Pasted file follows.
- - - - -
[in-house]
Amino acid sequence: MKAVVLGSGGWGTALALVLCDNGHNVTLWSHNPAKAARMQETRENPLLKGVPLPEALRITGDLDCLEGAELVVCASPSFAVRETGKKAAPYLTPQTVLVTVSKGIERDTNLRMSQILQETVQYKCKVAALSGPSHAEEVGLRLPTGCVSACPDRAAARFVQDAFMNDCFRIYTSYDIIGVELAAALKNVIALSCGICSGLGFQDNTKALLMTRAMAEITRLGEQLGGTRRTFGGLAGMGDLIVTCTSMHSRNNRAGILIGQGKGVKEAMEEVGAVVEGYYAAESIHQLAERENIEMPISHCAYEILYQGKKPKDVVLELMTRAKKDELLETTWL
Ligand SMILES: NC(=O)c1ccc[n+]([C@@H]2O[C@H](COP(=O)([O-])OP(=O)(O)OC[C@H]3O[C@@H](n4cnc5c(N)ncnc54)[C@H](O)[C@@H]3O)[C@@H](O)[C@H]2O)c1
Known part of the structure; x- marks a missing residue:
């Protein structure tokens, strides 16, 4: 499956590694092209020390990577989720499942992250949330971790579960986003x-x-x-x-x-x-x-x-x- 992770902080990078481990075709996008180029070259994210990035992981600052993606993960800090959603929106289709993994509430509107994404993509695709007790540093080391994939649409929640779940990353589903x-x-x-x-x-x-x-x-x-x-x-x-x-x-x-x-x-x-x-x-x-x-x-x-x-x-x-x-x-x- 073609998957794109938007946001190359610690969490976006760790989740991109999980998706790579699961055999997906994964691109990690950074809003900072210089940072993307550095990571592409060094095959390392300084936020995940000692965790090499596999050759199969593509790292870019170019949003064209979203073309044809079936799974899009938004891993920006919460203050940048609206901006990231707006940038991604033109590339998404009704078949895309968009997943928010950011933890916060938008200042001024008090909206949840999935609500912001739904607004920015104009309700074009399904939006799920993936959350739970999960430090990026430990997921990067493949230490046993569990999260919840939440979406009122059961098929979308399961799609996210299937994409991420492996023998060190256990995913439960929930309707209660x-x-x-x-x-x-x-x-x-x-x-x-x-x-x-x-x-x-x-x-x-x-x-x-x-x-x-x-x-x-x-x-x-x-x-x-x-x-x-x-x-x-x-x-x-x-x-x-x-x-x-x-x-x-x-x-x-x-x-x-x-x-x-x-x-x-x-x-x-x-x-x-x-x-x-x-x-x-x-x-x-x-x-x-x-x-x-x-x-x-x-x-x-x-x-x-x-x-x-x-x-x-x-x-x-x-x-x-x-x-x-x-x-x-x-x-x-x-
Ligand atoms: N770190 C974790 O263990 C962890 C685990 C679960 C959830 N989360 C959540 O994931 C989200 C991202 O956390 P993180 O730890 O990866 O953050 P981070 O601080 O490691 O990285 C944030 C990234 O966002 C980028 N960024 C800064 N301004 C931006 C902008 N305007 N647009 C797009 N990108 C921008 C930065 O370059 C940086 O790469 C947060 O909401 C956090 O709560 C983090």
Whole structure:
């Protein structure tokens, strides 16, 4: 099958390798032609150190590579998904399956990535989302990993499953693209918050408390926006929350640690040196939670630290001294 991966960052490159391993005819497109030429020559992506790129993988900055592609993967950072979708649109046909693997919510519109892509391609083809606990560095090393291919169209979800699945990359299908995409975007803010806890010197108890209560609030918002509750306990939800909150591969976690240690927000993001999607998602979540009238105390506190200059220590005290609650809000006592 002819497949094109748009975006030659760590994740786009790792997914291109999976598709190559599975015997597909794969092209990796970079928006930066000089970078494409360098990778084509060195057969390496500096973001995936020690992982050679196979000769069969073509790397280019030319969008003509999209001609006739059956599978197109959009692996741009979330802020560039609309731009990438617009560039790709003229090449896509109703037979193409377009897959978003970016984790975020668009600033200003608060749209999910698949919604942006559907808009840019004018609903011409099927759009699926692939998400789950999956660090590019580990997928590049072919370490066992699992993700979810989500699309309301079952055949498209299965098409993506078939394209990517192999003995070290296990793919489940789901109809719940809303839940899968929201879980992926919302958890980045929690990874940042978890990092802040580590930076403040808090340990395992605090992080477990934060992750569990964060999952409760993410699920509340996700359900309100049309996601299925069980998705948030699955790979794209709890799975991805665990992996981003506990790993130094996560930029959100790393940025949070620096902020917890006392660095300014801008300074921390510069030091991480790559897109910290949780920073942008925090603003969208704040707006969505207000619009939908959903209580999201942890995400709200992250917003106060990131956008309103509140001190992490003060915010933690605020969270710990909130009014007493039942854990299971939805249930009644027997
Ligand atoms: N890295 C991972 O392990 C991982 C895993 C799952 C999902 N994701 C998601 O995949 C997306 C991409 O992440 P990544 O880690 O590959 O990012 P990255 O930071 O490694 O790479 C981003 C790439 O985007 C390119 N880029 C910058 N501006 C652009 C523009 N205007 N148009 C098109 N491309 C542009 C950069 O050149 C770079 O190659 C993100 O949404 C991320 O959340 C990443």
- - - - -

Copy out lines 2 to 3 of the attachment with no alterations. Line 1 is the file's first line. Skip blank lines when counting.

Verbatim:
Amino acid sequence: MKAVVLGSGGWGTALALVLCDNGHNVTLWSHNPAKAARMQETRENPLLKGVPLPEALRITGDLDCLEGAELVVCASPSFAVRETGKKAAPYLTPQTVLVTVSKGIERDTNLRMSQILQETVQYKCKVAALSGPSHAEEVGLRLPTGCVSACPDRAAARFVQDAFMNDCFRIYTSYDIIGVELAAALKNVIALSCGICSGLGFQDNTKALLMTRAMAEITRLGEQLGGTRRTFGGLAGMGDLIVTCTSMHSRNNRAGILIGQGKGVKEAMEEVGAVVEGYYAAESIHQLAERENIEMPISHCAYEILYQGKKPKDVVLELMTRAKKDELLETTWL
Ligand SMILES: NC(=O)c1ccc[n+]([C@@H]2O[C@H](COP(=O)([O-])OP(=O)(O)OC[C@H]3O[C@@H](n4cnc5c(N)ncnc54)[C@H](O)[C@@H]3O)[C@@H](O)[C@H]2O)c1